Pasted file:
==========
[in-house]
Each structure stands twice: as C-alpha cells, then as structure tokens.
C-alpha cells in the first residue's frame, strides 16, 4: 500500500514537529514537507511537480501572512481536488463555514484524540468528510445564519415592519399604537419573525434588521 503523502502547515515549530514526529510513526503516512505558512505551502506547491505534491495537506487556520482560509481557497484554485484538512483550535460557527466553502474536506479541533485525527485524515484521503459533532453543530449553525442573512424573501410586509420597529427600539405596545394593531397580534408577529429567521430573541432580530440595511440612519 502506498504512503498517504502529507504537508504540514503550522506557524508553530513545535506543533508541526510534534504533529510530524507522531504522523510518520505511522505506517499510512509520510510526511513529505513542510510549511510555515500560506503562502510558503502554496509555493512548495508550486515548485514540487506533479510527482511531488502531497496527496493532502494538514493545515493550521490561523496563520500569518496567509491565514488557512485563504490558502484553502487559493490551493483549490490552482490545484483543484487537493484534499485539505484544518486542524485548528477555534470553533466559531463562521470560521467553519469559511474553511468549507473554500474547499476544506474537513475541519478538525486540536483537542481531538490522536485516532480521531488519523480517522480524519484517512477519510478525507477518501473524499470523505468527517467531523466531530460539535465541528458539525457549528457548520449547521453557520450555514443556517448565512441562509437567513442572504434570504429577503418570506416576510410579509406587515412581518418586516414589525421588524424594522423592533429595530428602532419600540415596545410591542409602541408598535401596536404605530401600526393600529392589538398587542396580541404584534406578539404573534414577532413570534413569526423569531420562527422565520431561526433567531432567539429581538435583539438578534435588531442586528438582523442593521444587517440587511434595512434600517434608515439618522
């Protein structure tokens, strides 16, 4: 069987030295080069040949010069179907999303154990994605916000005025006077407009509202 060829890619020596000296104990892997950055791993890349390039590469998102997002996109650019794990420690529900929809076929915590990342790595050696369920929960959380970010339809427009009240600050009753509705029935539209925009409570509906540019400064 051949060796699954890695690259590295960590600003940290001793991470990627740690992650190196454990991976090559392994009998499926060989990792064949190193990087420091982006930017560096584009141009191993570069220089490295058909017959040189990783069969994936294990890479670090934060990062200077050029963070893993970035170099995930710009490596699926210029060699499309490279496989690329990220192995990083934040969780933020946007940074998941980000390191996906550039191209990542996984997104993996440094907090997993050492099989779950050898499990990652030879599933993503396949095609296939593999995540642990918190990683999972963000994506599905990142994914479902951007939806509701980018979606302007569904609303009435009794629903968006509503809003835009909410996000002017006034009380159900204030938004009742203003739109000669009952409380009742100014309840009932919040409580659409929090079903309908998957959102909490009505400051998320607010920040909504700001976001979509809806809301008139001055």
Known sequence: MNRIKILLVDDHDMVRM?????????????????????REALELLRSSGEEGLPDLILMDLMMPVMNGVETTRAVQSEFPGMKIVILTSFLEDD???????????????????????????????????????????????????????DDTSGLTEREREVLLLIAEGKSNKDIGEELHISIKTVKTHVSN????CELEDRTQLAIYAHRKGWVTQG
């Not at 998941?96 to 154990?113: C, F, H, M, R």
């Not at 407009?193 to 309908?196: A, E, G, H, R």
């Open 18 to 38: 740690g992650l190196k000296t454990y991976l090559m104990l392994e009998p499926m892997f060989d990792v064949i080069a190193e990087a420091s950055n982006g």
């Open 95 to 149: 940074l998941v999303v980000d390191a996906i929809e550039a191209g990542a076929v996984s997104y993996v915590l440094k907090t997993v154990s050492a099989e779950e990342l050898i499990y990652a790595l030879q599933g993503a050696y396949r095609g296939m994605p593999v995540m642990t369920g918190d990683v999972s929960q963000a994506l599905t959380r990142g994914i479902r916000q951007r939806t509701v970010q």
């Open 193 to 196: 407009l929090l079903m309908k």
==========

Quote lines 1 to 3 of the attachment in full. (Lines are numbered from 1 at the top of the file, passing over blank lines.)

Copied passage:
[in-house]
Each structure stands twice: as C-alpha cells, then as structure tokens.
C-alpha cells in the first residue's frame, strides 16, 4: 500500500514537529514537507511537480501572512481536488463555514484524540468528510445564519415592519399604537419573525434588521 503523502502547515515549530514526529510513526503516512505558512505551502506547491505534491495537506487556520482560509481557497484554485484538512483550535460557527466553502474536506479541533485525527485524515484521503459533532453543530449553525442573512424573501410586509420597529427600539405596545394593531397580534408577529429567521430573541432580530440595511440612519 502506498504512503498517504502529507504537508504540514503550522506557524508553530513545535506543533508541526510534534504533529510530524507522531504522523510518520505511522505506517499510512509520510510526511513529505513542510510549511510555515500560506503562502510558503502554496509555493512548495508550486515548485514540487506533479510527482511531488502531497496527496493532502494538514493545515493550521490561523496563520500569518496567509491565514488557512485563504490558502484553502487559493490551493483549490490552482490545484483543484487537493484534499485539505484544518486542524485548528477555534470553533466559531463562521470560521467553519469559511474553511468549507473554500474547499476544506474537513475541519478538525486540536483537542481531538490522536485516532480521531488519523480517522480524519484517512477519510478525507477518501473524499470523505468527517467531523466531530460539535465541528458539525457549528457548520449547521453557520450555514443556517448565512441562509437567513442572504434570504429577503418570506416576510410579509406587515412581518418586516414589525421588524424594522423592533429595530428602532419600540415596545410591542409602541408598535401596536404605530401600526393600529392589538398587542396580541404584534406578539404573534414577532413570534413569526423569531420562527422565520431561526433567531432567539429581538435583539438578534435588531442586528438582523442593521444587517440587511434595512434600517434608515439618522